Incidentally, baroque ensemble Aradia is scheduled to close its 2015/16 season with a performance on June 4 of none other than Maxwell Davies’ infamous Eight Songs for a Mad King, featuring a guest appearance by Montreal-based new music group Paramirabo. While maybe the reason behind why this performance’s suddenly-apt timing isn’t the cheeriest one, the piece is a real modern classic, and Aradia and Paramirabo are sure to put on a top-notch show. The concert is on June 4; details online at aradia.ca.
Japanese percussion in Toronto this month
This Saturday at the Theatre Centre, Soundstreams presents “Electric Counterpoint,” a concert of minimalist music in anticipation of Steve Reich’s visit to Toronto this April. Part of Soundstreams’ new Ear Candy series, the show program is a mix of Reich’s music with new works by artists who he has inspired, namely DJ SlowPitchSound, longtime Owen Pallett collaborator ‘Prince Nifty’ on guitar and electronics, and ‘Mas Aya’ on percussion and electronics. Along with Reich’s perhaps better-known works Electric Counterpoint and It’s Gonna Rain, local percussionists Germaine Liu and Dan Morphy will tackle the duet Nagoya Marimbas, written in 1994 for performers at Japan’s Nagoya College of Music. In his program notes for the piece, Reich specifies that the piece “requires two virtuosic performers,” and Liu and Morphy certainly fit the bill. Details on the show can be found here.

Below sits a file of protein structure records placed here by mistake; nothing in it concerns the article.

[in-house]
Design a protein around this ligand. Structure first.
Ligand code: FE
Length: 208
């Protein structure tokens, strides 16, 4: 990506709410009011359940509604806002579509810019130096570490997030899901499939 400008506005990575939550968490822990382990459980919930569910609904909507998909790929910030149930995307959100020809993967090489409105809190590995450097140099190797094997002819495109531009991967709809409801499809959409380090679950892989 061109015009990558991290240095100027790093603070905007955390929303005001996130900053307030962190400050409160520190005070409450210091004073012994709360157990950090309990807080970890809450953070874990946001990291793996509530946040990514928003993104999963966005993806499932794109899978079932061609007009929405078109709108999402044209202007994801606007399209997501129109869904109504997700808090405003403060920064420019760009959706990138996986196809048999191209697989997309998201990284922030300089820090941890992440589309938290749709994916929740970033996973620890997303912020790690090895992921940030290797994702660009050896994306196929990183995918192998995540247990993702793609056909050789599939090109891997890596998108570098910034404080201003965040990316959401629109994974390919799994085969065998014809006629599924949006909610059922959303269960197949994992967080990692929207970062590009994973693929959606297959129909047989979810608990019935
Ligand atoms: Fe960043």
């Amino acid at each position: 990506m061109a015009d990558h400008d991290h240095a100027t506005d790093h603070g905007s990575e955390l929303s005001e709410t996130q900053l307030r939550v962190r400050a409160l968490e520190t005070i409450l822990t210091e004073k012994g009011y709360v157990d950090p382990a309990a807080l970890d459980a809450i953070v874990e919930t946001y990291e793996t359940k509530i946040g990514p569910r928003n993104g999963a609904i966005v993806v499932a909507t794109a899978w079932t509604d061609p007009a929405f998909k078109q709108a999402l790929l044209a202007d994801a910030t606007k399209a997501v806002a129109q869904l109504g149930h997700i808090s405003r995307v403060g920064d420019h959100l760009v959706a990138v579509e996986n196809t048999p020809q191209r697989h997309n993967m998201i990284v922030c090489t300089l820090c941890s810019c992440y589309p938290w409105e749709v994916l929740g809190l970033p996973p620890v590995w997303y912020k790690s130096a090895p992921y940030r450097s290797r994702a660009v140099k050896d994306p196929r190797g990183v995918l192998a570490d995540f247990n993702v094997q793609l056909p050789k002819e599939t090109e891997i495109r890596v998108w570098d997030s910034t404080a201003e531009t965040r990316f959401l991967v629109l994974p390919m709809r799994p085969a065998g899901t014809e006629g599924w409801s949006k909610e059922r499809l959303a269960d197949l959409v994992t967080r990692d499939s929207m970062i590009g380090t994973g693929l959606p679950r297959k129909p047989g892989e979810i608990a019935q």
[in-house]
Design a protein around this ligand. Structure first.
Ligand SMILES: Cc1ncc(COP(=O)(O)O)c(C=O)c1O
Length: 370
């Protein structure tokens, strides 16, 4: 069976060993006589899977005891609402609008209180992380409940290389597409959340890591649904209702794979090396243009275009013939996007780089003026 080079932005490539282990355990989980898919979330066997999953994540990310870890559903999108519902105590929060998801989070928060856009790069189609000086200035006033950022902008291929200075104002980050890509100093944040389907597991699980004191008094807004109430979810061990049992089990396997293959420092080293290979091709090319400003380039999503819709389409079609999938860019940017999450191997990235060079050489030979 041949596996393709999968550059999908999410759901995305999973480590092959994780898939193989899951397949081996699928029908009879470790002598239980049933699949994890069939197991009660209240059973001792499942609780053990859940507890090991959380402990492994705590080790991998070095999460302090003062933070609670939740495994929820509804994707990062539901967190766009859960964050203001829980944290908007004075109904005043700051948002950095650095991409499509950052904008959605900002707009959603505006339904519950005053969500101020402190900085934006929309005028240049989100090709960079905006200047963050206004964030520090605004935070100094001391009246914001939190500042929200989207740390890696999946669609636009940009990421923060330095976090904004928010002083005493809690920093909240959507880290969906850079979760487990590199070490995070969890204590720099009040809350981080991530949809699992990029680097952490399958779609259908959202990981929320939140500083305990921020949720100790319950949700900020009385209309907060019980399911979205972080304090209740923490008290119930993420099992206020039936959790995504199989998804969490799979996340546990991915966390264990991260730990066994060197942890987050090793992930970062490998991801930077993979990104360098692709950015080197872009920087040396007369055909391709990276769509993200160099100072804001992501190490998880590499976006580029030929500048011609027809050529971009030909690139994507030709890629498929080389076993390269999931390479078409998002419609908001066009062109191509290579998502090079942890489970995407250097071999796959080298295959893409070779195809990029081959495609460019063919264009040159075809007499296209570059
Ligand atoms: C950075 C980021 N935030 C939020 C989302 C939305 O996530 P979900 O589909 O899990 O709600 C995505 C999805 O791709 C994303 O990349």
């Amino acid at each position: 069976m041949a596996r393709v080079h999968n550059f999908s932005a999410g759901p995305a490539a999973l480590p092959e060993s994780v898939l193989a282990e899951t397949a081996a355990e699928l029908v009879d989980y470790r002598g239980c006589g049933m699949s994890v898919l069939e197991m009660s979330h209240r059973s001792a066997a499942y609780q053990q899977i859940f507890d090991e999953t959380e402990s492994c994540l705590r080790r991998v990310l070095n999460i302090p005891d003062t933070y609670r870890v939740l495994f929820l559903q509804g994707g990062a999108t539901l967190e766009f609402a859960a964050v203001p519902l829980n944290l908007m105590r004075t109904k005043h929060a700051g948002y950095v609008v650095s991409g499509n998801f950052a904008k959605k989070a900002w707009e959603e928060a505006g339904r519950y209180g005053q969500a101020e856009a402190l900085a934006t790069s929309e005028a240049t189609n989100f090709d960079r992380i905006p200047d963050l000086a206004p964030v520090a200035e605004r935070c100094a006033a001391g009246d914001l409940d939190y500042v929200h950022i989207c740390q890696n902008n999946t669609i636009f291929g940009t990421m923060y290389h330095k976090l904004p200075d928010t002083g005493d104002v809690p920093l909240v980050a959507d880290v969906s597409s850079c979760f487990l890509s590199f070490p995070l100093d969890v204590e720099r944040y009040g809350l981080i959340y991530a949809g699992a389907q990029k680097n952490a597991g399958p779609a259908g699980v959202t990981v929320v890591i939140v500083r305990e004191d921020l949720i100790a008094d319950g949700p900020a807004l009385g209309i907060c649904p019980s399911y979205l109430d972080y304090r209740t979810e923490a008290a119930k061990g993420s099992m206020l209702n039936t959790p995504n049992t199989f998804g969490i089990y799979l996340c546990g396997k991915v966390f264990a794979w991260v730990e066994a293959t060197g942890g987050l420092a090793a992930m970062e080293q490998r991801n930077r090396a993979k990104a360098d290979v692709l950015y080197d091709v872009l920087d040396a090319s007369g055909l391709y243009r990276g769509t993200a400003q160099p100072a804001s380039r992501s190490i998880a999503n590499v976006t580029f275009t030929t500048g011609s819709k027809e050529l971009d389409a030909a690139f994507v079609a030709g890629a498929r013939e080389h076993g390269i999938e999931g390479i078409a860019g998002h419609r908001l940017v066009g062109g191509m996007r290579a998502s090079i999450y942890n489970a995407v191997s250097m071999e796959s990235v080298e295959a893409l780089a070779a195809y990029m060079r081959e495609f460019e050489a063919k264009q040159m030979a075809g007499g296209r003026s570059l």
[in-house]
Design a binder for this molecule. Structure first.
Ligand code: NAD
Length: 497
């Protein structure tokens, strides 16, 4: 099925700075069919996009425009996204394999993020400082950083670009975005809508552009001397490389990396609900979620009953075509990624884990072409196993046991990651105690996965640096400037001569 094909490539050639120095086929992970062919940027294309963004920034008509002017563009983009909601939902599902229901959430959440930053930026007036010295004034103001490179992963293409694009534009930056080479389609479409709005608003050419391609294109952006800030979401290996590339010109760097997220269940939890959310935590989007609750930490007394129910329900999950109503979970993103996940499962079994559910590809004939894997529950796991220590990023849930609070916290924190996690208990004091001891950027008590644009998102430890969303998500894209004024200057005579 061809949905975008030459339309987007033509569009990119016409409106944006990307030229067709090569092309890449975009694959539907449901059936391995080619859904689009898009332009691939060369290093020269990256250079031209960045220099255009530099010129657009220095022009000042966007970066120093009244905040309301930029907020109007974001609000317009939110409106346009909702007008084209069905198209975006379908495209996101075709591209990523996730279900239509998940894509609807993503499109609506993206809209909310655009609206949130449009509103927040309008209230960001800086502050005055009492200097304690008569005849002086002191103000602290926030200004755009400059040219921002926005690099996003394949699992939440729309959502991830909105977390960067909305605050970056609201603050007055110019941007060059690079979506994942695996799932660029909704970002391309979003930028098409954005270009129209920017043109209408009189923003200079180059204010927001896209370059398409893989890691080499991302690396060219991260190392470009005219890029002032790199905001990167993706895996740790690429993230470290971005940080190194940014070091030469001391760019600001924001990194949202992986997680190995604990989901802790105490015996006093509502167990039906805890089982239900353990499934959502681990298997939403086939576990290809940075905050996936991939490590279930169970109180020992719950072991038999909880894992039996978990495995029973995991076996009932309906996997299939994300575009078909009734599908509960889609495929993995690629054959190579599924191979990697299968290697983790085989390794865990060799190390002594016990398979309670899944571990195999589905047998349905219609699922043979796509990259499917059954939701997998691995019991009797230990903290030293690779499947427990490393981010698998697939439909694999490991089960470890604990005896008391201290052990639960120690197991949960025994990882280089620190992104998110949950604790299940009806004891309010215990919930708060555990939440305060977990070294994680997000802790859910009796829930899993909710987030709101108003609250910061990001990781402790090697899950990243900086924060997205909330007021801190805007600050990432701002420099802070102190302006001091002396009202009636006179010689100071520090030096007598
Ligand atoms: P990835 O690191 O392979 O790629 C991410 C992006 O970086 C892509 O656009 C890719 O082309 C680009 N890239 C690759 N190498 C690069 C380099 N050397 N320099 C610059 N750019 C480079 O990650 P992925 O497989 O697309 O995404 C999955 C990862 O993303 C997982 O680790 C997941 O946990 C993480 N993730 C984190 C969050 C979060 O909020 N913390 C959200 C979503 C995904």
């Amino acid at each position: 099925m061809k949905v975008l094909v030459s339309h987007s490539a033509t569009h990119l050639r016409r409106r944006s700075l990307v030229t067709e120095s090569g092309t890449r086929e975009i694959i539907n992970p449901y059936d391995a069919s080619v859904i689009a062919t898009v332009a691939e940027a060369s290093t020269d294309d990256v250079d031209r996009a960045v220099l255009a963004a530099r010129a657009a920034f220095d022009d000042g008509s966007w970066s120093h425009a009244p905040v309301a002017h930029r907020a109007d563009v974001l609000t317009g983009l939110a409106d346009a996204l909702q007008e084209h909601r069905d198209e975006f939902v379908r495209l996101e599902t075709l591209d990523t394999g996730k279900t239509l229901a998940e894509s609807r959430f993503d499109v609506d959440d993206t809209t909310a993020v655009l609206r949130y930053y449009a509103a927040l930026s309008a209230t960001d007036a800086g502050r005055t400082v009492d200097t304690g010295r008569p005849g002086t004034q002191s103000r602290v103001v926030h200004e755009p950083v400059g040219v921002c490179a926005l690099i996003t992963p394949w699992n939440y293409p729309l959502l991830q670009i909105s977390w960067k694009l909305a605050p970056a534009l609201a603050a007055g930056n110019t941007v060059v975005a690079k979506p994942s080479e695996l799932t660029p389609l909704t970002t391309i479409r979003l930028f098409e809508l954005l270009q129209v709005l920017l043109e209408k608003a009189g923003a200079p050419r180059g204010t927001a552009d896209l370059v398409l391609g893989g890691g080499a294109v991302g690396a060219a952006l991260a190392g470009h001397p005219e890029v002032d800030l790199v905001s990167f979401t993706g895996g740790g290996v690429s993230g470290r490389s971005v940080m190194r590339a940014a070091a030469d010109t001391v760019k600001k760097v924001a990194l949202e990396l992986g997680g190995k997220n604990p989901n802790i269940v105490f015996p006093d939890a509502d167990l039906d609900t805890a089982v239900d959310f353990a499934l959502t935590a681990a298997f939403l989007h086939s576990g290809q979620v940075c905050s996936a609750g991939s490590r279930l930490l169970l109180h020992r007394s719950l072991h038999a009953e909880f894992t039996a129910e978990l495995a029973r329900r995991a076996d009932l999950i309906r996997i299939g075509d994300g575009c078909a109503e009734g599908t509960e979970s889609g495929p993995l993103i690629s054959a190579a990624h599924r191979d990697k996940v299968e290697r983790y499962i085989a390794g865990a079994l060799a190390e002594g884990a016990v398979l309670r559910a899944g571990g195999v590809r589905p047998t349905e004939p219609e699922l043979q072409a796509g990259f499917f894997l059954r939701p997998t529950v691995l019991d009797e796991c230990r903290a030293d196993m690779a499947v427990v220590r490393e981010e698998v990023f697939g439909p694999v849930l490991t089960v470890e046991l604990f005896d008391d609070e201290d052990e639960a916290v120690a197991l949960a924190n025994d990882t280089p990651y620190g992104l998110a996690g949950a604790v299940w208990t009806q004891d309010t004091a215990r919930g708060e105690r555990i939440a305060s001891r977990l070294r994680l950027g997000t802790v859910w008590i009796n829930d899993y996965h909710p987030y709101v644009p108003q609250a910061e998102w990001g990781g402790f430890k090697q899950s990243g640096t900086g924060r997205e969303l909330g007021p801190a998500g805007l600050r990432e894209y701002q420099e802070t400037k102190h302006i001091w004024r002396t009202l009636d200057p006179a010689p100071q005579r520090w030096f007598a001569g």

Dan Morphy revisits Japanese percussion on April 2 at the Harbourfront Centre, with his quartet Torq. The percussion ensemble are the guest artists for premier Japanese Canadian taiko ensemble Nagata Shachu’s upcoming concert, which will feature a blend of musical traditions from around the globe. More here.
Finally, the Japanese Canadian Cultural Centre (JCCC) hosts a collaborative show on April 7 featuring the work of three artists from different regions of Japan. “The Tsumugu Concert” brings together flutist and taiko drummer Keita Kanazashi, Amami Island-based folk singer Anna Sato, and shamisen player Chie Hanawa for a show with a unique, and definitively Japanese sound. The Japanese Canadian Cultural Centre is located near Don Mills, in what has recently become an arts-and-culture oasis outside of the downtown core (the Aga Khan Museum and Ismaili Centre, celebrated along with the JCCC for their collections, architecture and music programming, are basically right across the street). If you haven’t made the trip to this part of town yet, April 7 is a good time to do so. Details on “The Tsumugu Concert” here.